The Kurdish opposition was marching through one of the main streets and chanting anti-Iranian regime slogans. He followed me from the protest down a back street and called out. I stopped and he showed me a map and asked if I knew how to get to the destination he had circled. Weird he didn’t have Google Maps like almost everyone else in the city, I thought. It was only a matter of time before the city elders would carve out a separate pedestrian lane for tourists whose eyes were fixed on their phones.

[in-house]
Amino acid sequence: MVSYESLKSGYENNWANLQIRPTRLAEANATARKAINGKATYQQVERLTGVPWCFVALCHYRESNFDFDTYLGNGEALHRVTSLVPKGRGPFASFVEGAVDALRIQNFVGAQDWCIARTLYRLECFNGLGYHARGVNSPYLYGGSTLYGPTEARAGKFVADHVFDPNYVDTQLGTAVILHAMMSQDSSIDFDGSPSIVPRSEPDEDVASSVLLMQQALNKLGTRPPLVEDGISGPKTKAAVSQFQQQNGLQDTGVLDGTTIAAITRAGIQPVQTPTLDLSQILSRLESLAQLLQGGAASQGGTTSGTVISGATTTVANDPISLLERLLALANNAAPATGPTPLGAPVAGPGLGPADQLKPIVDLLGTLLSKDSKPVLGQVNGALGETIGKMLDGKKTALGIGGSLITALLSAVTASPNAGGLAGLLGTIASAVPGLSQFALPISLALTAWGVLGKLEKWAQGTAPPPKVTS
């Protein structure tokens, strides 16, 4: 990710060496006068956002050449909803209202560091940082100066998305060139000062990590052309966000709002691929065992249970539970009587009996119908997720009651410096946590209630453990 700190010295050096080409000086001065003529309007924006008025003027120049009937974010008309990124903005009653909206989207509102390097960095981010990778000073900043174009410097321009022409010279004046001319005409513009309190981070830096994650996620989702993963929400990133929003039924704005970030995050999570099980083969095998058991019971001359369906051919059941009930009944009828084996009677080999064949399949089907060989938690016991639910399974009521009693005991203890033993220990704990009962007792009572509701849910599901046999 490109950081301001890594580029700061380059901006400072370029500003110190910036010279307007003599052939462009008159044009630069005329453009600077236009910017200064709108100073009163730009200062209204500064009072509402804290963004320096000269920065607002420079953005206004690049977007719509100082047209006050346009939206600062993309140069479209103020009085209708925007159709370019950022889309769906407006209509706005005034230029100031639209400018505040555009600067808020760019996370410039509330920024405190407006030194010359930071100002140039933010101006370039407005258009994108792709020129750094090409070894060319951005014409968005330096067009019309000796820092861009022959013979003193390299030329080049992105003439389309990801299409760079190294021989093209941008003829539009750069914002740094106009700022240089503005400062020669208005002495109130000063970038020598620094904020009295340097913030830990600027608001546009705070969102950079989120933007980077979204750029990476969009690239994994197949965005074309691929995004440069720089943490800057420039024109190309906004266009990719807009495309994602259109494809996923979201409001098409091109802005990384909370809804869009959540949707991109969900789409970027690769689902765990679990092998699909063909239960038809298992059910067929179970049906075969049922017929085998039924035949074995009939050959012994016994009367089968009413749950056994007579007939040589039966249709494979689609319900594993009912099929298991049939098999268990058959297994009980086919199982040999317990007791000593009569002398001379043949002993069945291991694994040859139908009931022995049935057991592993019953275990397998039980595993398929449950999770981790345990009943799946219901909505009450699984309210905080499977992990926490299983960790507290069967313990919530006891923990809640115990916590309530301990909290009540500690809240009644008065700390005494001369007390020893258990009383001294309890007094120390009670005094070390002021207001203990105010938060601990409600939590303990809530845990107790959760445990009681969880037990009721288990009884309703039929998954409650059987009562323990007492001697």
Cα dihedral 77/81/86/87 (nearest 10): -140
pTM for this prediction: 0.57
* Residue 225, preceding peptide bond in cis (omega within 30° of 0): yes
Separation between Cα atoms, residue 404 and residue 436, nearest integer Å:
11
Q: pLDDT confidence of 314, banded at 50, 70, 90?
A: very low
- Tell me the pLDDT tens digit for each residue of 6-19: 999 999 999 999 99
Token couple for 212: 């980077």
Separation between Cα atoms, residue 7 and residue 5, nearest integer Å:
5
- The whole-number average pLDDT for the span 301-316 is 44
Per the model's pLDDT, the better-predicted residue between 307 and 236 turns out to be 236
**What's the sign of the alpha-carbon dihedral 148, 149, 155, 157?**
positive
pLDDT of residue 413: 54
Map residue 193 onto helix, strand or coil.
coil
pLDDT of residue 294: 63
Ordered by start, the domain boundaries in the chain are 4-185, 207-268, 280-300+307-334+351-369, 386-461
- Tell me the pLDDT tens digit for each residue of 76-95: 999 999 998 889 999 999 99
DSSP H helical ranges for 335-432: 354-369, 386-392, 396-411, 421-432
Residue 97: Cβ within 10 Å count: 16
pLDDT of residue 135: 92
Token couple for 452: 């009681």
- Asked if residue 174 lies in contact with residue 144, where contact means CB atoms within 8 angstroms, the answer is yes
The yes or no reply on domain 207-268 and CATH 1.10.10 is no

I explained to him I didn’t know how to get to where he wanted to go. I wasn’t from here. “Where are you from?” he asked. “America,” I said, wished him luck and was on my way. He called out again and caught up alongside me. “Where are you from?” he asked again. “Argentina?” I walked off without answering him, eyeing my way back to the main road.
The next time a voice rang out behind me it belonged to an undercover cop who had the tourist by his shoulder. “Excuse me,” he asked. “What did this guy want from you?” “Just directions,” I said.